The recent MOSAIC Clinic delved into the crucial topic of engaging companies in co-creation activities. Recognising the significance of involving all stakeholders in the climate transition journey, MOSAIC provided a space for its Community of Practice cities to share their experiences and exchange insights on breaking barriers and fostering dialogue with the private sector.

During the MOSAIC Clinic, participants identified some common barriers, such as:

Lack of awareness and understanding: Many companies may not be fully aware of the urgency and importance of climate action or may not have a comprehensive understanding of the potential benefits of collaboration. To address this, cities emphasised the need for targeted awareness campaigns and educational initiatives that highlight the business case for climate action and the opportunities for innovation and sustainability.

Competing priorities and limited resources: Companies may face competing priorities, limited resources, and short-term profit-oriented mindsets that make it challenging to prioritise climate co-creation activities. By demonstrating the long-term benefits, cost savings, and potential competitive advantages, cities can help companies see the value of investing in sustainable practices and collaborative initiatives.

To overcome these challenges, participants discussed inspiring examples and best practices:

Building relationships and trust: Developing strong relationships based on trust and mutual respect is essential for effective collaboration. Cities can initiate dialogues with companies, emphasising shared goals and common interests in addressing climate challenges. Open and transparent communication, regular meetings and networking events can help establish trust and build long-lasting partnerships.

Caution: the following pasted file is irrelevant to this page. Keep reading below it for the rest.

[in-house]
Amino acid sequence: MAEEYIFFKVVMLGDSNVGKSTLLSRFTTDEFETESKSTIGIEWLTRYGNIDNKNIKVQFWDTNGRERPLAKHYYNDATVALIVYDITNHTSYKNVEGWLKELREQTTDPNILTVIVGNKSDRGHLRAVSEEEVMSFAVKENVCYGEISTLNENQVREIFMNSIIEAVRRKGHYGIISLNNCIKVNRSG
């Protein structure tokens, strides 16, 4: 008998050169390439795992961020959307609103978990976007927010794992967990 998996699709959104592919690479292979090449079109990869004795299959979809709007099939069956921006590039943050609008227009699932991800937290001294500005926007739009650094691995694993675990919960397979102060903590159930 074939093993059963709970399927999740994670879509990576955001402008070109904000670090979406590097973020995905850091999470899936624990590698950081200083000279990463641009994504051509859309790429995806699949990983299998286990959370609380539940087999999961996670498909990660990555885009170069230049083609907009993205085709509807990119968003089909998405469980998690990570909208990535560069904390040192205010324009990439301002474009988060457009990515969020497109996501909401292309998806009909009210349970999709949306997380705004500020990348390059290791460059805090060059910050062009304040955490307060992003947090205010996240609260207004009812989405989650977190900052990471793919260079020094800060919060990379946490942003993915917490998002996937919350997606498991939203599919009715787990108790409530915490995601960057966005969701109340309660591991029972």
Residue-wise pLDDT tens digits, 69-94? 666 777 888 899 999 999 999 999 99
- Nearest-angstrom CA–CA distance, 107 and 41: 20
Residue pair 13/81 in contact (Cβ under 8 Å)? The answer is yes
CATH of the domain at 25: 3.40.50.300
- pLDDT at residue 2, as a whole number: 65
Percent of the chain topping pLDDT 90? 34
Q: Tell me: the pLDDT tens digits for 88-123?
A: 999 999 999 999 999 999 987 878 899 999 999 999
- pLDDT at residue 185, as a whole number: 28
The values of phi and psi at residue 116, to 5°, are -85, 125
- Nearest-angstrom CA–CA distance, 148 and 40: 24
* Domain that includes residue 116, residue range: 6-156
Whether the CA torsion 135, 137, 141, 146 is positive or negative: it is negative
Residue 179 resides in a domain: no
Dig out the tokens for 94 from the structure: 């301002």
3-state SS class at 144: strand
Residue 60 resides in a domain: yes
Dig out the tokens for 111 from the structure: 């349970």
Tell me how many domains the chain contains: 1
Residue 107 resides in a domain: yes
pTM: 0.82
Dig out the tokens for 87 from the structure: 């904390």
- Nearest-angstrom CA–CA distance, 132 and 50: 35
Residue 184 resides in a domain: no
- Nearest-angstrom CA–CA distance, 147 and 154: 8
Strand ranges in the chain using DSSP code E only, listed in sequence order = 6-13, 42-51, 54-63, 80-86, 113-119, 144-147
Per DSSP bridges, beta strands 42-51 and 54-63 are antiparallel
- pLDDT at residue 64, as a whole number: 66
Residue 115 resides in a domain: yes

Highlighting shared value and benefits: Demonstrating the shared value and tangible benefits of collaboration is crucial to engage companies. Cities can showcase successful case studies, highlighting how partnerships with the private sector have led to innovation, cost savings, improved reputation, and enhanced resilience. By emphasising the positive impact of joint efforts, cities can encourage companies to actively participate in co-creation activities.

Co-designing initiatives and projects: Involving companies in the co-design of climate initiatives ensure their active participation and ownership. By understanding the specific needs and challenges of the private sector, cities can tailor co-creation activities to align with business objectives while addressing climate goals. Collaborative projects, pilot programs, and innovation challenges provide opportunities for companies to contribute their expertise and resources towards climate action.

Involving all actors in the climate transition journey is not always an easy challenge, but the good practices and exchanges shared by these motivated and committed people show that these cities are on the right track. By addressing barriers such as lack of awareness, competing priorities, and regulatory challenges, cities can create conducive environments for collaboration.